Patient data security 

One obvious connection between I.T. and healthcare is data security. Earlier this year, The Independent reported that thousands of NHS patients have had their private healthcare information leaked to unauthorised parties. In the spring, the Republic of Ireland’s health service reported a ‘catastrophic’ cyber attack that took months to recover from. Although the NHS makes use of its own Data Security and Protection Toolkit, there is still concern about the security of patients’ personal information in light of these recent events. 


According to Virtru, some of the biggest technological challenges in healthcare include outdated technology in hospitals and ensuring that  cloud and mobile technology used by healthcare professionals is GDPR compliant. Cyber attacks are particularly worrying in the healthcare sector because they can cause health and safety risks for vulnerable patients, so having strong security measures in place is essential to minimising the chances of any data breaches from occurring. Although physical security measures are important, cyber security training is also vital when confidential information is being accessed and shared. 



Telemedicine is the practise of providing medical care remotely, either through telephone, email, or video calls. Many GPs and doctors have begun using telemedicine more frequently in response to the coronavirus pandemic, as a way to stick to physical distancing restrictions while ensuring patients receive treatment. In fact, The BMJ reports that in July 2020, as many as 6 out of 10 telephone appointments were conducted by telephone.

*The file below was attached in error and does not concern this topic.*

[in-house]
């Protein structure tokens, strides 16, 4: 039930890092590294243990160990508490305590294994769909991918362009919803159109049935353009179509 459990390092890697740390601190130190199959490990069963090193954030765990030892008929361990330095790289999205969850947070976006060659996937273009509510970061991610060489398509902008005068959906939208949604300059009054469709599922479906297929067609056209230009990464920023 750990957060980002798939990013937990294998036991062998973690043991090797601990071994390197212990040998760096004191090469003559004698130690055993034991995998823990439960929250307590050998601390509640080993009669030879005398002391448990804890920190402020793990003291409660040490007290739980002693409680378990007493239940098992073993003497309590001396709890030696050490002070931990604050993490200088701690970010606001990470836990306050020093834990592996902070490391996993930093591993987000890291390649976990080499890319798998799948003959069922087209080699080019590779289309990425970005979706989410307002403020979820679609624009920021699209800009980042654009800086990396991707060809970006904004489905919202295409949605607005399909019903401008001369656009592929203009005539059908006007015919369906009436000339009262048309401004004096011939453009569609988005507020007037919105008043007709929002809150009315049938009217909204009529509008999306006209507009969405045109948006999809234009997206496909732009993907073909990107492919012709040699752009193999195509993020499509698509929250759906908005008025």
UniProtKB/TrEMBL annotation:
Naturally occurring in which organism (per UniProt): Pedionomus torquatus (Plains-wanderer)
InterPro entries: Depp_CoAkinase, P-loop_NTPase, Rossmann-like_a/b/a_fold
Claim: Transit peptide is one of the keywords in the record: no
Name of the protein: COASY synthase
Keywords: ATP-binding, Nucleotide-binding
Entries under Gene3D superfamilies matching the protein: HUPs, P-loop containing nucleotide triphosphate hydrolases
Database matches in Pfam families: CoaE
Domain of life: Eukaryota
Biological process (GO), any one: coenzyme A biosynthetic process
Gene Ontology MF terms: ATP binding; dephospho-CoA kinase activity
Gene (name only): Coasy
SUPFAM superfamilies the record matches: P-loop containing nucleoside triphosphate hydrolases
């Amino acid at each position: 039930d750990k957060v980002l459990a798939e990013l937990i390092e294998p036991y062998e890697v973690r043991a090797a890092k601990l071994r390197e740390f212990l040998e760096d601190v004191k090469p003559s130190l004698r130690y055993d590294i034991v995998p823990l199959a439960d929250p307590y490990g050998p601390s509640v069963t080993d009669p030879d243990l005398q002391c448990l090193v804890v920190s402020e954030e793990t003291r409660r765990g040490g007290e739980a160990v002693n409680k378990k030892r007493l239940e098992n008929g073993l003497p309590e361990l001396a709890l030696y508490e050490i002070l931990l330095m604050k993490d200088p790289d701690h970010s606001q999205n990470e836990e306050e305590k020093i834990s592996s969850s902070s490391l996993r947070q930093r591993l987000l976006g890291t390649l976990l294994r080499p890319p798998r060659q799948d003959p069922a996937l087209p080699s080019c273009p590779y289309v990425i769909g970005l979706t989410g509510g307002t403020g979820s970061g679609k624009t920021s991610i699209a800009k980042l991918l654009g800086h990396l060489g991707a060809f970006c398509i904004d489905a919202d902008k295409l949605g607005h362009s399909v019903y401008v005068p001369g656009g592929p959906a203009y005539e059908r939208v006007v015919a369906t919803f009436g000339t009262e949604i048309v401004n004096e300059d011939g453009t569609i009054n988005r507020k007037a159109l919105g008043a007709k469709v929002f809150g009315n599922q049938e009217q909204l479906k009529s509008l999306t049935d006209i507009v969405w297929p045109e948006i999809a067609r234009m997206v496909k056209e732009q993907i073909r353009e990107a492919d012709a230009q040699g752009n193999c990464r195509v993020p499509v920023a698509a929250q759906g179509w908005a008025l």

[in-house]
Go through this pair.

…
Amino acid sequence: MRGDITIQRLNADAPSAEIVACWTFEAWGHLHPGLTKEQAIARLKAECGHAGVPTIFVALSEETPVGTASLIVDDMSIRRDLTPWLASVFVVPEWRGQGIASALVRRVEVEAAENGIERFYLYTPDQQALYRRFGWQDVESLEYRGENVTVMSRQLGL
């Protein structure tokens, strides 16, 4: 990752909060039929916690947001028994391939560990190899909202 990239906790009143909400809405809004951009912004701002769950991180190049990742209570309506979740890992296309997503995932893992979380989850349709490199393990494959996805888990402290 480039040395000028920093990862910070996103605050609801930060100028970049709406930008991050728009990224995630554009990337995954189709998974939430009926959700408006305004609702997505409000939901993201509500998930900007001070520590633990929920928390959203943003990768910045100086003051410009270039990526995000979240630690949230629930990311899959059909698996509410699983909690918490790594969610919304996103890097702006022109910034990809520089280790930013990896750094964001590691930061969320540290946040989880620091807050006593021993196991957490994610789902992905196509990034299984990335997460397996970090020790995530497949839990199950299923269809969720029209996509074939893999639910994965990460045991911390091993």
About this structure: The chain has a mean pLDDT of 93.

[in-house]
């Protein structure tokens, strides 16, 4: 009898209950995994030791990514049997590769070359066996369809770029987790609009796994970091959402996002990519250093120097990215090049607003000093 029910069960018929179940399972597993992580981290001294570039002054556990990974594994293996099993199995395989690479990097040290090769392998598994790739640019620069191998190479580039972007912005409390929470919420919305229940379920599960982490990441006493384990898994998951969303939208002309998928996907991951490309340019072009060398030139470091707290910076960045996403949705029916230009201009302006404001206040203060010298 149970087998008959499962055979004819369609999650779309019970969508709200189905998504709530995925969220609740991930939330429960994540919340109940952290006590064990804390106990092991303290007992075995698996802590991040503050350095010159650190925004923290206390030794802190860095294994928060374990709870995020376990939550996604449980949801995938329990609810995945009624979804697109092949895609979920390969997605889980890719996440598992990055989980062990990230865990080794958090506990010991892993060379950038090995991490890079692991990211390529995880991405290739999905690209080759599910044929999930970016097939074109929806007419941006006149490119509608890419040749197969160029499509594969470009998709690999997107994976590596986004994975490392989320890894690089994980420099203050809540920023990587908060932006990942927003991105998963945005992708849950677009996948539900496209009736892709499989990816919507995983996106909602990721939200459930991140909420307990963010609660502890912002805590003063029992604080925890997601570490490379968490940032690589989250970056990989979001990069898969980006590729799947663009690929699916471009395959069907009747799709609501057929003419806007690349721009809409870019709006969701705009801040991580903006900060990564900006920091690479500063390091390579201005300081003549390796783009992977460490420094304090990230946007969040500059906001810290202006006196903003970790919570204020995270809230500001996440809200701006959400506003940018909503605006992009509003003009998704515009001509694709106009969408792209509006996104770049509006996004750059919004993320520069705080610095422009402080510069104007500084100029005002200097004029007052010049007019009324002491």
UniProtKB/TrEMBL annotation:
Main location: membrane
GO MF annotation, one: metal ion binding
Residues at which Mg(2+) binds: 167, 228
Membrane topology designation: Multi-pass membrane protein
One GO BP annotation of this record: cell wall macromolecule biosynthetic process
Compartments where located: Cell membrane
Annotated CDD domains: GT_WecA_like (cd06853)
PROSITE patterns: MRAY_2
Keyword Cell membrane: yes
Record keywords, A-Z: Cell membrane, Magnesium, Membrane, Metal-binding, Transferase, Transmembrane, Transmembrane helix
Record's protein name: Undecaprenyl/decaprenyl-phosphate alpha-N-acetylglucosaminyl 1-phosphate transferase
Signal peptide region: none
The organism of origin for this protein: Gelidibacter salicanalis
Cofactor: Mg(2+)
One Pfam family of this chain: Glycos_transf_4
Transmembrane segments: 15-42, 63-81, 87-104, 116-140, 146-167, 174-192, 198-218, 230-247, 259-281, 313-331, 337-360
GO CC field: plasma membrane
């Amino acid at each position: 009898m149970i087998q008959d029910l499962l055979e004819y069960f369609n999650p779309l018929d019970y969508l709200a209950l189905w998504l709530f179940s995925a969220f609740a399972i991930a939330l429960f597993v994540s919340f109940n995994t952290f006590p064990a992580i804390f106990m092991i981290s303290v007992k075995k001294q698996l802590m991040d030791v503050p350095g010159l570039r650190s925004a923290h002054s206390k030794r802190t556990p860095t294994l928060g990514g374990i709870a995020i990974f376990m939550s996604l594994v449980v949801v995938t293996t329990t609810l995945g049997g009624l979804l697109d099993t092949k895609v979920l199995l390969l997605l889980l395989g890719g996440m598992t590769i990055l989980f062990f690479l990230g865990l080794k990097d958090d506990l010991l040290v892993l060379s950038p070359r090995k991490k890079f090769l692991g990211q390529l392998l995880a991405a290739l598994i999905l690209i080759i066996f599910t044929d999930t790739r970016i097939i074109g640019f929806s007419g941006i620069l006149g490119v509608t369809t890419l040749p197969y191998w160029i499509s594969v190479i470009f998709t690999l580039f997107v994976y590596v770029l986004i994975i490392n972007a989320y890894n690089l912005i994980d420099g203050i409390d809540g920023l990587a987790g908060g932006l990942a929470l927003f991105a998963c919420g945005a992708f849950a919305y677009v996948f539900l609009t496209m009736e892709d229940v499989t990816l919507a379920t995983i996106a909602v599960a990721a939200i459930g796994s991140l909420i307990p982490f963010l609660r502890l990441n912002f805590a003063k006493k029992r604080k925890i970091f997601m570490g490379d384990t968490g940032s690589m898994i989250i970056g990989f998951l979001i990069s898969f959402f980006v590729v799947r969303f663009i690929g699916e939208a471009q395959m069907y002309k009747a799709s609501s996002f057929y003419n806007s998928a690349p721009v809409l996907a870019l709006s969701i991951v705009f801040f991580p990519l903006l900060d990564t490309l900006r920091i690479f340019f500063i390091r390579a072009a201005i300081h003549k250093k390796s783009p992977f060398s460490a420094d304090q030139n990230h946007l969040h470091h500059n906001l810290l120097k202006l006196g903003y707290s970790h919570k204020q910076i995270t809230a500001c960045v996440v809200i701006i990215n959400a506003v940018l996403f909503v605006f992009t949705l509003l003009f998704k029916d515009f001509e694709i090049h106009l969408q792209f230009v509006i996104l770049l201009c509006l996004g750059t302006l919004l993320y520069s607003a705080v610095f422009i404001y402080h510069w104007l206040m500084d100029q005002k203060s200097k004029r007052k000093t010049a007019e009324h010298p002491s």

One advantage of telemedicine is that it improves accessibility to healthcare. Patients who are unable to attend a doctor’s surgery, for example due to distance or physical disability, are still able to receive treatment. Additionally, it can provide a lower cost therapy option while being just as effective. Technologies such as virtual reality (VR) can also work alongside telemedicine to improve its effectiveness. For example, the NHS has introduced a virtual reality therapy service for patients with social anxiety, which allows patients to work on overcoming their condition while reserving therapists for more urgent cases. As health systems across the world contend with growing populations, telemedicine may be the solution to providing faster, cheaper and more accessible healthcare services to patients. 


Final thoughts

The future of healthcare will require doctors, nurses, and other medical professionals to embrace working with technology. As new technologies are developed and studied, it’s likely that patient outcomes will improve and healthcare systems across the world will become more efficient. With this revolutionary era in health technology upon us, it will be exciting to see what developments occur in the next couple of years.

Healthcare is just one of the many industries that rely on the work of trained I.T. professionals. At IT Career Swap, we have a range of courses for all kinds of technology interests, from cyber security to web development – and with a job offer guarantee upon completion of your studies, why go anywhere else? Take a look at our course catalogue here, or call us on 0203 982 7573 today to find out more!